The exhibit introduces the viewer to the San Francisco of Strauss’ day—including photos of his synagogue, factories, and skyline pre- and post-1906 earthquake—before pivoting to explore the brand marketing at which the company truly excelled. Though Levi Strauss began with rugged workwear designed for miners and cowboys, the company quickly figured out that the cowboy mythos in particular appealed to Americans who’d never roped a steer in their lives. As America began devouring Westerns at the movies and in pulp fiction, the company began promoting rodeos and whipping up ads stating that “genuine Levi’s® are worn by all cowboys.”
Rabben told me: “Of course, the Hollywood depiction of cowboys is not reality. I grew up in California and did the mandatory fourth-grade curriculum where we learned California history, and I certainly didn’t learn about the problematic aspects of western expansion. But in this show we want to pause and think about that, about the impact on indigenous people.” And, she added, “Much of the Hollywood cowboy mythos isn’t actually American at all. It’s based on the Mexican vaquero.” (Indeed, the word “buckaroo” comes from vaquero.)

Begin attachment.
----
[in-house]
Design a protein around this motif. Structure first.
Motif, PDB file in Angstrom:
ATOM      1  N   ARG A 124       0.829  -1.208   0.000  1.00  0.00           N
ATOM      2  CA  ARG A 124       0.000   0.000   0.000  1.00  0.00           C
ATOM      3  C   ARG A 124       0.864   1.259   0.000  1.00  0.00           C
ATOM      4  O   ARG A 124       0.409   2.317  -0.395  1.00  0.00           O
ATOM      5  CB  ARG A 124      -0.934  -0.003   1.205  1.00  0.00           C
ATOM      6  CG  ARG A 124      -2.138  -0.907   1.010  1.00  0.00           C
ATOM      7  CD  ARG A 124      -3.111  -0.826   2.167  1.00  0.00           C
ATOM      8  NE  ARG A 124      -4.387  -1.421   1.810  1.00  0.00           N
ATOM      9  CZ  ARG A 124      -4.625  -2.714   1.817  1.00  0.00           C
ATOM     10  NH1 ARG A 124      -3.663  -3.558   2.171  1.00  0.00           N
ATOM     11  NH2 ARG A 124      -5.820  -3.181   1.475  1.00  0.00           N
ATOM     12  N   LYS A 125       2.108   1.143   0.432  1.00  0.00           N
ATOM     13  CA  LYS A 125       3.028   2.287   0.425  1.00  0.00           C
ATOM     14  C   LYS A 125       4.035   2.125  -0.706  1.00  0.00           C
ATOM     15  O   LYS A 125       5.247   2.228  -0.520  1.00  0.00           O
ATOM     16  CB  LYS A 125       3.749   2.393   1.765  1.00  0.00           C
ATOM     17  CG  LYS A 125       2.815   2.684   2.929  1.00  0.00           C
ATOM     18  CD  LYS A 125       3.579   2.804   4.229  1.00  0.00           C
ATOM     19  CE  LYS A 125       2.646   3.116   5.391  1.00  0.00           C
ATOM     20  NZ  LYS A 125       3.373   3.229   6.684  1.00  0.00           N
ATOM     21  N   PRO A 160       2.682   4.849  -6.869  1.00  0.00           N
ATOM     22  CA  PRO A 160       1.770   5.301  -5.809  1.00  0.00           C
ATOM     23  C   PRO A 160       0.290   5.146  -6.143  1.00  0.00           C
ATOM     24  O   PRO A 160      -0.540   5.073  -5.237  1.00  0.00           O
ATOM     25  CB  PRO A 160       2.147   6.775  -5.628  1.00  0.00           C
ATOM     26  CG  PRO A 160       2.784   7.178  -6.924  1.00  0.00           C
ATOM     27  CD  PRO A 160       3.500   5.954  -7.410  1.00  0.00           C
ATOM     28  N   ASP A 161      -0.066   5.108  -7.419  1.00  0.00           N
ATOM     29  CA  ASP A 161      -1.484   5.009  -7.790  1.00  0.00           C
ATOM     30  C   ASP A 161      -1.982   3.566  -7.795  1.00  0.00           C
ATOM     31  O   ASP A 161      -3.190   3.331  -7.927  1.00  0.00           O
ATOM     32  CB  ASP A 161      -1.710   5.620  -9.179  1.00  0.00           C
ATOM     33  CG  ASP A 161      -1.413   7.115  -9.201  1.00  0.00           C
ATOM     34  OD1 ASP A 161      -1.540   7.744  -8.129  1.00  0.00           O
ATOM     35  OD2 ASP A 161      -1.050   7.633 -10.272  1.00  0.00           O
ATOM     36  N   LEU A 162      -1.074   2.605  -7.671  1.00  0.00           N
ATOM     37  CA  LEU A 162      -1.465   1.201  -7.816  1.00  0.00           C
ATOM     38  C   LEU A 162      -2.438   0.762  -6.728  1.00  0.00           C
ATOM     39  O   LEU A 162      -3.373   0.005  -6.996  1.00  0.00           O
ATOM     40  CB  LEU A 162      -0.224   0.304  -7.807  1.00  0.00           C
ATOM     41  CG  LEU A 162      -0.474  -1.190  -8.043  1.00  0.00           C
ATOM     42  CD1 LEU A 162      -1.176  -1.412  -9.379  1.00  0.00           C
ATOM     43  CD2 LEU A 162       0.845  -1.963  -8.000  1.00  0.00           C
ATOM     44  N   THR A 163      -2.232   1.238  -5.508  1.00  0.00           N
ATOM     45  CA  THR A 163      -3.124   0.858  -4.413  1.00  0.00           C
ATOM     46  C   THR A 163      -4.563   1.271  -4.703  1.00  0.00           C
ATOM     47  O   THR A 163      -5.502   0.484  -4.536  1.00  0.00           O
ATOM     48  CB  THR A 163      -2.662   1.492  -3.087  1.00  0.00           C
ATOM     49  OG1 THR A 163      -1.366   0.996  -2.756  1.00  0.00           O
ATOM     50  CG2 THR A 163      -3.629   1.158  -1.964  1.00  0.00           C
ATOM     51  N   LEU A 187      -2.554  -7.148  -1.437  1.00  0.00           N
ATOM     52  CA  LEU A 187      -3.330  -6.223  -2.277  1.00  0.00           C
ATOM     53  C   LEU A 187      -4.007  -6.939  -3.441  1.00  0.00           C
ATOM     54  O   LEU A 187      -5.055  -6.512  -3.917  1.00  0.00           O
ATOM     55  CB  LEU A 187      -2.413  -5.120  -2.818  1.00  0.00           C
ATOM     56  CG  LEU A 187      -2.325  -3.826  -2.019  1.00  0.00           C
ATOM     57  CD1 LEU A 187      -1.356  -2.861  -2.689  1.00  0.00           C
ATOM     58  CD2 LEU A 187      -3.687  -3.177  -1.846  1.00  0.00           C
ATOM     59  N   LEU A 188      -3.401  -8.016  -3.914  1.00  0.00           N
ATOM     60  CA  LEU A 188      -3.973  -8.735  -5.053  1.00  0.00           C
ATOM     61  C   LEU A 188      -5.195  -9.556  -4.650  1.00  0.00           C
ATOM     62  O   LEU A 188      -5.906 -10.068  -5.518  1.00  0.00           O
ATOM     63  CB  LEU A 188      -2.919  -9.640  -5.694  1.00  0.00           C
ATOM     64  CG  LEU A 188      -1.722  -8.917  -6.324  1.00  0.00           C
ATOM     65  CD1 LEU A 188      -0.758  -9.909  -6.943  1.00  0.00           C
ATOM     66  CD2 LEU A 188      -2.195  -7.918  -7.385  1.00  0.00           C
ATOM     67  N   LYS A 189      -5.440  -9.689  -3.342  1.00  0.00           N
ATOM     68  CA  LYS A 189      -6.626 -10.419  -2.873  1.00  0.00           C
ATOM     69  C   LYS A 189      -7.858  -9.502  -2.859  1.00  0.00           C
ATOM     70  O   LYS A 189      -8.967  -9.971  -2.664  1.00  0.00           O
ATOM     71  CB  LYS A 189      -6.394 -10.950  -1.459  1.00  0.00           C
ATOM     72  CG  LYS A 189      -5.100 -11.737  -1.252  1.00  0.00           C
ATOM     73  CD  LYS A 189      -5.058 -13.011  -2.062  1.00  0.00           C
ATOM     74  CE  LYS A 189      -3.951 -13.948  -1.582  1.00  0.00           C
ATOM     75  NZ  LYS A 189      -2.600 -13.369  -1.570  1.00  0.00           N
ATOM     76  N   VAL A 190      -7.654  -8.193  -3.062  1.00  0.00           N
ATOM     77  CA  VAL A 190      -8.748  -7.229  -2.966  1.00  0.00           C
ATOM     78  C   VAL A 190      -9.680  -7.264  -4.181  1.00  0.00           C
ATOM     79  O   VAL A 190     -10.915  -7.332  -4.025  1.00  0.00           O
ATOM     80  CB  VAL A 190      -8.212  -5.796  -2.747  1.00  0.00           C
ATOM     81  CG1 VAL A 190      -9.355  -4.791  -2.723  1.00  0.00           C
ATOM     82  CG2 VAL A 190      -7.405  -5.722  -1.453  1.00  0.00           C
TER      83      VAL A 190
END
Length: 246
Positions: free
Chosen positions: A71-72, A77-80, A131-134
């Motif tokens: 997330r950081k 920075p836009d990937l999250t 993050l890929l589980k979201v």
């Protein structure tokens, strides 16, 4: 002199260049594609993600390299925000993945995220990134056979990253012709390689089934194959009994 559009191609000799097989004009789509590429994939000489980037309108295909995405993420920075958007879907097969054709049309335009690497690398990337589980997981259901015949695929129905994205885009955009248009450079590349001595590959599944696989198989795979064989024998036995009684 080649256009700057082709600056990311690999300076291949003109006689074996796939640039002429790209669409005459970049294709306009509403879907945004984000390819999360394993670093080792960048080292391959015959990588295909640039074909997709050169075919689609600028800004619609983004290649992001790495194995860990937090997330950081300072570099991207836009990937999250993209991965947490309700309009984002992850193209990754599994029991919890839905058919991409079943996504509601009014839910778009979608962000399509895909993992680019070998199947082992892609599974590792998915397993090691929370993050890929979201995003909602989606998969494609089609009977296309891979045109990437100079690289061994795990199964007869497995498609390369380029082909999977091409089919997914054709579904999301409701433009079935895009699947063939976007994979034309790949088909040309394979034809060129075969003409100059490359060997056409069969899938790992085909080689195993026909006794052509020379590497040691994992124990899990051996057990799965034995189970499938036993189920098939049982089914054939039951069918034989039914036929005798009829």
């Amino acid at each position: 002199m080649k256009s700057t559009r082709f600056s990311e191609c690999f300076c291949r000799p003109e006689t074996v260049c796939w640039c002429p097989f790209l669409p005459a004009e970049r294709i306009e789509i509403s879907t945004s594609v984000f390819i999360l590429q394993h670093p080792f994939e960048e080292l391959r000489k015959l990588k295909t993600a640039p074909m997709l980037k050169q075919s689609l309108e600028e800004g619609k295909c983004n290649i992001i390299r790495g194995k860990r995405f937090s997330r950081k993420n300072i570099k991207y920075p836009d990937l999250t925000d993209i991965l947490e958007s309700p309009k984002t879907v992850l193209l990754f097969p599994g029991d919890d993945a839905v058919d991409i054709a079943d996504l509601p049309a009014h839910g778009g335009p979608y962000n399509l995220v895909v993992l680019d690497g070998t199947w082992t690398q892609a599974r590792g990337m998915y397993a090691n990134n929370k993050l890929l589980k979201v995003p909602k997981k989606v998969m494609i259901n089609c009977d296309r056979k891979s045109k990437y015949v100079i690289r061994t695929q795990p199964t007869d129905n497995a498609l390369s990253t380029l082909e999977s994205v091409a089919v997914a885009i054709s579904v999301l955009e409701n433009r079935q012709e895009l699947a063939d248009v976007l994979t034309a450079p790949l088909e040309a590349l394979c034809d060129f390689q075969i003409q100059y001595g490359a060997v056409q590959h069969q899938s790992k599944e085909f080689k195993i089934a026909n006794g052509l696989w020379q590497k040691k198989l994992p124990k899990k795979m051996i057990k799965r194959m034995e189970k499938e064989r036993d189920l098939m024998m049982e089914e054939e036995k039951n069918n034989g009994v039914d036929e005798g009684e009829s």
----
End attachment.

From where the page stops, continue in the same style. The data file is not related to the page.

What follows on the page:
For better and worse, the company also capitalized on women’s activism, creating Freedom-Alls in 1918. A lightweight cotton tunic over balloon pants, Freedom-Alls look like two pieces but are basically a jumpsuit. So au courant! So Phoebe Waller-Bridge! Interestingly, the curatorial text links Freedom-Alls to the “liberty language” of the Great War, but not to the fight for suffrage and equal rights occurring at the same time. Later, in 1934, Levi Strauss introduced Lady Levi’s, “tailored to fit and look neat and trim on the feminine figure.” Rabben pointed to an ad for Lady Levi’s in the exhibit, showing a beautiful woman posing boldly and glamorously in a field. “You can see she’s not shown raising kids; she’s not working to support her family; she’s allowed to spend time on her own and dress for her own comfort.” There’s a pair of Lady Levi’s in the show—still looking stylish, just as the 1890 jeans do—bought by one Harriet Atwood at Best & Co on Fifth Avenue in New York City. “Not exactly cowboy territory,” Rabben pointed out.
The company’s shift in the 1950s away from cowboy symbolism toward antihero symbolism was pretty savvy. Levi’s began promoting itself as the garb of bikers, hippies, rockers, rappers, gay rights activists … figures very unlike the super-white, super-hetero, clean-cut, all-American cowboy. The displays turn to fan-decorated psychedelic bell-bottoms, stagewear worn by celebrities, a pair of white jeans completely covered in doodles made in black pen by a prisoner over the course of a 30-year sentence.